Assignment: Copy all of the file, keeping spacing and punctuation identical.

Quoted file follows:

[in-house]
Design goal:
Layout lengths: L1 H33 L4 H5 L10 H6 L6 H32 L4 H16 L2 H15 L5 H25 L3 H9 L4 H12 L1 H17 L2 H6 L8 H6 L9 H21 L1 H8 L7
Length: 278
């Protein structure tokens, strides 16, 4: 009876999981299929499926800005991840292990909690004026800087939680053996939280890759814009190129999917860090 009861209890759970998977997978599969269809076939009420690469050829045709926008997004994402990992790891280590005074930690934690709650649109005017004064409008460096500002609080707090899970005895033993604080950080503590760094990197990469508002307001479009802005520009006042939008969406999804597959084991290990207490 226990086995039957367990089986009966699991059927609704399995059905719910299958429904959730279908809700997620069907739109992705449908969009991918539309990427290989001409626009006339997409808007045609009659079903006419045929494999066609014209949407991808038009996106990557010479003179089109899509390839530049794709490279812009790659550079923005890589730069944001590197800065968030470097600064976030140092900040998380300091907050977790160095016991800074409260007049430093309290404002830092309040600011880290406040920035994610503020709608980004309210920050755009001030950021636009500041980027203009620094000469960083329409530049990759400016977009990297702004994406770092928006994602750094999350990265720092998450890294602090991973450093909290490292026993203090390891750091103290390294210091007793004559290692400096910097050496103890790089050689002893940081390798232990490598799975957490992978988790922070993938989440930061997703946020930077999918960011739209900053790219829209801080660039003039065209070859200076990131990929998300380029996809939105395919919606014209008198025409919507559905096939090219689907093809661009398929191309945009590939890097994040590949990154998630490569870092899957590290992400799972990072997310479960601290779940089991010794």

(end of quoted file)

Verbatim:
[in-house]
Design goal:
Layout lengths: L1 H33 L4 H5 L10 H6 L6 H32 L4 H16 L2 H15 L5 H25 L3 H9 L4 H12 L1 H17 L2 H6 L8 H6 L9 H21 L1 H8 L7
Length: 278
């Protein structure tokens, strides 16, 4: 009876999981299929499926800005991840292990909690004026800087939680053996939280890759814009190129999917860090 009861209890759970998977997978599969269809076939009420690469050829045709926008997004994402990992790891280590005074930690934690709650649109005017004064409008460096500002609080707090899970005895033993604080950080503590760094990197990469508002307001479009802005520009006042939008969406999804597959084991290990207490 226990086995039957367990089986009966699991059927609704399995059905719910299958429904959730279908809700997620069907739109992705449908969009991918539309990427290989001409626009006339997409808007045609009659079903006419045929494999066609014209949407991808038009996106990557010479003179089109899509390839530049794709490279812009790659550079923005890589730069944001590197800065968030470097600064976030140092900040998380300091907050977790160095016991800074409260007049430093309290404002830092309040600011880290406040920035994610503020709608980004309210920050755009001030950021636009500041980027203009620094000469960083329409530049990759400016977009990297702004994406770092928006994602750094999350990265720092998450890294602090991973450093909290490292026993203090390891750091103290390294210091007793004559290692400096910097050496103890790089050689002893940081390798232990490598799975957490992978988790922070993938989440930061997703946020930077999918960011739209900053790219829209801080660039003039065209070859200076990131990929998300380029996809939105395919919606014209008198025409919507559905096939090219689907093809661009398929191309945009590939890097994040590949990154998630490569870092899957590290992400799972990072997310479960601290779940089991010794």